"The best words I have to synthesize my philosophy are relationships, integrity and hope," she said. "In relationships, we are not alone - nor should we be. We truly need each other. To have integrity, we must keep the standards high: perseverance, not perfection. Be honest. Take responsibility. Then, know how to forgive yourself and others.
"Our students are our best hope. In all the gray of being human, the mysterious power of expectation can move a student to fulfillment and a patient to a place of healing."
She said her proudest moments as an educator occur when a student confesses, "I see things differently now," or "My thinking has changed." She said serving on faculty at the Medical Center is the highlight of her teaching career.
"Just being among people from many disciplines whose mission is to make life better for others is an amazing realization," she said. "I'm so glad to be surrounded by people who care. The investment of individuals, community partners and service institutions toward the advancement of education is an example of caring for all of us.
"I think what matters most is that we choose to care - each day, with every student and every patient, in the face of challenges and the shadow of celebrations, we make the choice to care."
Nelson Order honorees include (front row, from left) Robin Parish, Kristi Moore, Cindy Luther, Mary McNair, Mary Stewart, Kate Fouquier, Felicia Tardy, and (back row, from left) Angela Morey, Meagan Brown, Lisa Didion, Lique Coolen, Jordan Lu, Elizabeth Lutz, Bill Daley, Stephen Stray, Jose Subauste, Susan Warren and Michael Hebert. Not pictured: Jennifer Bain.
The Nelson Order is named for Dr. Norman C. Nelson, vice chancellor emeritus for health affairs and dean emeritus of the School of Medicine, who led the Medical Center from 1973-94; at the time of his retirement, Nelson was the longest-sitting dean of a medical school in the country.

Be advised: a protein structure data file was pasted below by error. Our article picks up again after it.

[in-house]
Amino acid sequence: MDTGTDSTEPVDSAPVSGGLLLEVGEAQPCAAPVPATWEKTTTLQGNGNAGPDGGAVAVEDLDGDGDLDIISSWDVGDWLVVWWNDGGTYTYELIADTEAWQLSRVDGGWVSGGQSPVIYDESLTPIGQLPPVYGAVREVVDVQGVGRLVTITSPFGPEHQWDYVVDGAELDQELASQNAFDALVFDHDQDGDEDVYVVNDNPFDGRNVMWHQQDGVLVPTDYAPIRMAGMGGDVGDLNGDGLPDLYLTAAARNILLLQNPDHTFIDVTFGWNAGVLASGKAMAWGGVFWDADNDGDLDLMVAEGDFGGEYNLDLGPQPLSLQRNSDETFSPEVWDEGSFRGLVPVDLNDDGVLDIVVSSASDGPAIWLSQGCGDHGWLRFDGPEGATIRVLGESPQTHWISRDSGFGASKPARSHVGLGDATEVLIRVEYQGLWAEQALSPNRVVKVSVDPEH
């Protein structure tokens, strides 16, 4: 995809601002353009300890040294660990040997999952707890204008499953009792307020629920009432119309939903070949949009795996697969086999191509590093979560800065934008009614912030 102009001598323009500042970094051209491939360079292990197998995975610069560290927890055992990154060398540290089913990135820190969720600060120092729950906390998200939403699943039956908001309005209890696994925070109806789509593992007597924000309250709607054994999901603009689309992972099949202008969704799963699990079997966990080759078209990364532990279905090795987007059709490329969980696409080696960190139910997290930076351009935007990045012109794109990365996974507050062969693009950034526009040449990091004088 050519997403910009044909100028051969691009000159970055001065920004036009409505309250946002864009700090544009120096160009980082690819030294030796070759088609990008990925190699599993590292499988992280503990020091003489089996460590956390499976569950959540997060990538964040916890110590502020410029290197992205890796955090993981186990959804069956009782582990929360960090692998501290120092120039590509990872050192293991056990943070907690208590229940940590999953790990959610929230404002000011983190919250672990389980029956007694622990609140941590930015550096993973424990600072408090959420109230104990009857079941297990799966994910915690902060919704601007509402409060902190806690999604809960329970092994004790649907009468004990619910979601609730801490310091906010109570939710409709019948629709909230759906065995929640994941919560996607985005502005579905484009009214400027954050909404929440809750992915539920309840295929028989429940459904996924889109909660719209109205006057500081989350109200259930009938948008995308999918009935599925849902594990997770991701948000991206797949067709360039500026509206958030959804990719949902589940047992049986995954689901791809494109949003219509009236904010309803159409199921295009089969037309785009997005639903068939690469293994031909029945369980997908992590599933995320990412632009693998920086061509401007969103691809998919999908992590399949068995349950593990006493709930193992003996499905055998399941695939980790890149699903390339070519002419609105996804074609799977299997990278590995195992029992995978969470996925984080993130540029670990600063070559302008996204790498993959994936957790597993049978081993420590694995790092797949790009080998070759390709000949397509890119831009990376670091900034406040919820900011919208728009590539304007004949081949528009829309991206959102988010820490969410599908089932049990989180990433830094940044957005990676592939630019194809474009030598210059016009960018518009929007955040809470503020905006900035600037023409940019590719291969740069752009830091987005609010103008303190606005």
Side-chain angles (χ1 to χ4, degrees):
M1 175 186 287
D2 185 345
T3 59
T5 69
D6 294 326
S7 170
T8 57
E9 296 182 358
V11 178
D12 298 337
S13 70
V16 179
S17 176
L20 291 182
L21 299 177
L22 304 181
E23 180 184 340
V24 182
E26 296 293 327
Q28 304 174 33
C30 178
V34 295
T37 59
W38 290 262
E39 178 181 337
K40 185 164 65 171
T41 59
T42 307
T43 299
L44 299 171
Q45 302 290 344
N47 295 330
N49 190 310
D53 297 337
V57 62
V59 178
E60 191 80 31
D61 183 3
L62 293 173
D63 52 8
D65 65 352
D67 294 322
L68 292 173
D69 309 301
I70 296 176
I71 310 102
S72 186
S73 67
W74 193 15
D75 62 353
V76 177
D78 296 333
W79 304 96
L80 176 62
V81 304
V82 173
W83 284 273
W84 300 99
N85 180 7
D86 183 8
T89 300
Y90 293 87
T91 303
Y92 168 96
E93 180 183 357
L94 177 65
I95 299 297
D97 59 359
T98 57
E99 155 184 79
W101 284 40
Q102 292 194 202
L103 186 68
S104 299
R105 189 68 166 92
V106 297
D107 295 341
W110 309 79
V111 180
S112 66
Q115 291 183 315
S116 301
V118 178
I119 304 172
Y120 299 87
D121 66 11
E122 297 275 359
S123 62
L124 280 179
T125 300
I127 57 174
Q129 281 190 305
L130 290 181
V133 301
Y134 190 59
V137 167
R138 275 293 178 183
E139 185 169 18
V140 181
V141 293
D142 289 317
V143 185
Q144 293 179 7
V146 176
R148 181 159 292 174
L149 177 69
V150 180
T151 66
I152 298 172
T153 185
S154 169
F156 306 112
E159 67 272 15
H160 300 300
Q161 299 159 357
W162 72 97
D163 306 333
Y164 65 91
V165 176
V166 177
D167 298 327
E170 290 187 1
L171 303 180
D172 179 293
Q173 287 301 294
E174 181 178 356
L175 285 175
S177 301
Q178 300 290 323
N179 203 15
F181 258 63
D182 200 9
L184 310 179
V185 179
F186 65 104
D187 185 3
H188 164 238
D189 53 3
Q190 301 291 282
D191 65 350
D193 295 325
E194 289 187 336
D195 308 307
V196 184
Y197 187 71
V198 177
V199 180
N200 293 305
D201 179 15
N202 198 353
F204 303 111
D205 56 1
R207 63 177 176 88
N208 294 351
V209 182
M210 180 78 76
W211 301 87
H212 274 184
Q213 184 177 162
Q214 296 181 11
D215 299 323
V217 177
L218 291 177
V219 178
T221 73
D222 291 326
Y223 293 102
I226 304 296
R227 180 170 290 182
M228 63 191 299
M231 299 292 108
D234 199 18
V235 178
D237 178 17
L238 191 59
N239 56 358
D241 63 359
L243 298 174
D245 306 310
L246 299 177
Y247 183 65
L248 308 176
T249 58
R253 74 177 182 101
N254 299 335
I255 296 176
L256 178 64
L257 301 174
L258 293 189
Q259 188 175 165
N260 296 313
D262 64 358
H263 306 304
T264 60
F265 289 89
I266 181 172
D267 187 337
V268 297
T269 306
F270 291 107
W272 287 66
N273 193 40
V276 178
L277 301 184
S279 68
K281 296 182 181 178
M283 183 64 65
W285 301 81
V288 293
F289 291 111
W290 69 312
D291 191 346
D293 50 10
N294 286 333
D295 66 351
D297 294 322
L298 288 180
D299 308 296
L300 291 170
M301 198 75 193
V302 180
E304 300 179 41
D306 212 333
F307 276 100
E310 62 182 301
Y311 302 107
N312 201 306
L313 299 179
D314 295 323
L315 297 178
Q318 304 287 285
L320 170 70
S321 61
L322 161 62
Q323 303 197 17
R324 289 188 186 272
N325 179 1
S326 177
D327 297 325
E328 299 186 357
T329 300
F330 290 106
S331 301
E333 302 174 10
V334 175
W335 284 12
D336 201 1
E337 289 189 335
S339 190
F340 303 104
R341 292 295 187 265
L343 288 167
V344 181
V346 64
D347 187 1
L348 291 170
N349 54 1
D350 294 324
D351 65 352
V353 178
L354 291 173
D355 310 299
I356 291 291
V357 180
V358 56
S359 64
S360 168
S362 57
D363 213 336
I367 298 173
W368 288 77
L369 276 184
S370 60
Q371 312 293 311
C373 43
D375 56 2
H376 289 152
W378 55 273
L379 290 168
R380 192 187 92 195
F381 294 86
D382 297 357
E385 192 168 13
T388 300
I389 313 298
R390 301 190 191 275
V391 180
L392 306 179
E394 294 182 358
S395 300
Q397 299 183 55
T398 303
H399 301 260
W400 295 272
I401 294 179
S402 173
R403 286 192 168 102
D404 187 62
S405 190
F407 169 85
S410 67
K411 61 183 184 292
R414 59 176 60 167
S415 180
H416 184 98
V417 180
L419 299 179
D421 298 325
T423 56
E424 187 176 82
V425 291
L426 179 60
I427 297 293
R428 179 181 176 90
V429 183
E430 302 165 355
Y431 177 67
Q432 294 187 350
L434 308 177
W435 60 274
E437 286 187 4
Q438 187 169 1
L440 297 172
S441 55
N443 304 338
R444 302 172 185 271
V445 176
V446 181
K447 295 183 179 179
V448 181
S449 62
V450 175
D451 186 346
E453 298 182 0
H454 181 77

The order recognizes faculty who demonstrate excellence in delivering innovative teaching methods; engaging and inspiring students; conveying accurate, contemporary knowledge; setting clear, appropriate expectations for professional behaviors; and guiding and mentoring students.
As the order members were announced by Rockhold, the recipients each came forward to receive a certificate from Dr. Ralph Didlake, associate vice chancellor for academic affairs, and a blue stole from Woodward, which Nelson Order members are entitled to wear at Commencement. The names of each Nelson Order recipient will be inscribed on a plaque that will be mounted on the Nelson Wall in the atrium outside the Rowland Medical Library on the first floor of the Verner Holmes Learning Resource Center.
2015 Nelson Order members include:
School of Dentistry
Dr. Jennifer Bain, assistant professor of periodontics and preventive sciences
Dr. Yuefeng "Jordan" Lu, assistant professor of neurobiology and anatomical sciences
*Dr. Susan Warren, professor of neurobiology and anatomical sciences
School of Graduate Studies in the Health Sciences
*Dr. Lique Coolen, professor of physiology and professor of neurobiology and anatomical sciences
School of Health Related Professions
*Dr. Kristi Moore, associate professor of radiologic sciences
Angela Morey, assistant professor of health informatics and information management
Robin Parish, assistant professor of occupational therapy
Dr. Felicia Tardy, assistant professor of medical laboratory science
School of Medicine
Dr. Bill Daley, professor of pathology
Dr. Lisa Didion, assistant professor of pediatrics
Dr. Michael Hebert, professor of biochemistry
Dr. Elizabeth Lutz, instructor in obstetrics and gynecology
Dr. Stephen Stray, assistant professor of microbiology
*Dr. Jose Subauste, professor of endocrinology
School of Nursing
Dr. Kate Fouquier, assistant professor of nursing
Cindy Luther, assistant professor of nursing
Mary McNair, assistant professor of nursing
*Dr. Mary W. Stewart, professor of nursing
School of Pharmacy
*Dr. Meagan Brown, assistant professor of pharmacy practice
* TEACH Prize nominee